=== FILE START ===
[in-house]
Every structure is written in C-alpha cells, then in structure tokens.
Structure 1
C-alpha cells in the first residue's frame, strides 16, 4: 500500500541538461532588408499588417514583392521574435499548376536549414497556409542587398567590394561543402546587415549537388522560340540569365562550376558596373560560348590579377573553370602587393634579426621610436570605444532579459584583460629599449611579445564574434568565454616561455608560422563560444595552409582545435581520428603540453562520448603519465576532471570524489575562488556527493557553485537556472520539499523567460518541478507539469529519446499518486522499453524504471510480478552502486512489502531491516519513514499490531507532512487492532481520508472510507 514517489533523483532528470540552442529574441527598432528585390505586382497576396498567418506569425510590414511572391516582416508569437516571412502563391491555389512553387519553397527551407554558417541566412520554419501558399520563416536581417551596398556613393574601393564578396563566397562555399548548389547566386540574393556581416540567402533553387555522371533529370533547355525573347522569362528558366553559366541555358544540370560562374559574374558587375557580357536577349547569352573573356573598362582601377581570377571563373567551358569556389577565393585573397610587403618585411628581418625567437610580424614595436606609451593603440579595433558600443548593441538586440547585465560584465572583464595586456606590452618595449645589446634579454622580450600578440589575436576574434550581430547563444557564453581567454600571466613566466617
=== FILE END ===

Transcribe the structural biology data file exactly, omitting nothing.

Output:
[in-house]
Every structure is written in C-alpha cells, then in structure tokens.
Structure 1
C-alpha cells in the first residue's frame, strides 16, 4: 500500500541538461532588408499588417514583392521574435499548376536549414497556409542587398567590394561543402546587415549537388522560340540569365562550376558596373560560348590579377573553370602587393634579426621610436570605444532579459584583460629599449611579445564574434568565454616561455608560422563560444595552409582545435581520428603540453562520448603519465576532471570524489575562488556527493557553485537556472520539499523567460518541478507539469529519446499518486522499453524504471510480478552502486512489502531491516519513514499490531507532512487492532481520508472510507 514517489533523483532528470540552442529574441527598432528585390505586382497576396498567418506569425510590414511572391516582416508569437516571412502563391491555389512553387519553397527551407554558417541566412520554419501558399520563416536581417551596398556613393574601393564578396563566397562555399548548389547566386540574393556581416540567402533553387555522371533529370533547355525573347522569362528558366553559366541555358544540370560562374559574374558587375557580357536577349547569352573573356573598362582601377581570377571563373567551358569556389577565393585573397610587403618585411628581418625567437610580424614595436606609451593603440579595433558600443548593441538586440547585465560584465572583464595586456606590452618595449645589446634579454622580450600578440589575436576574434550581430547563444557564453581567454600571466613566466617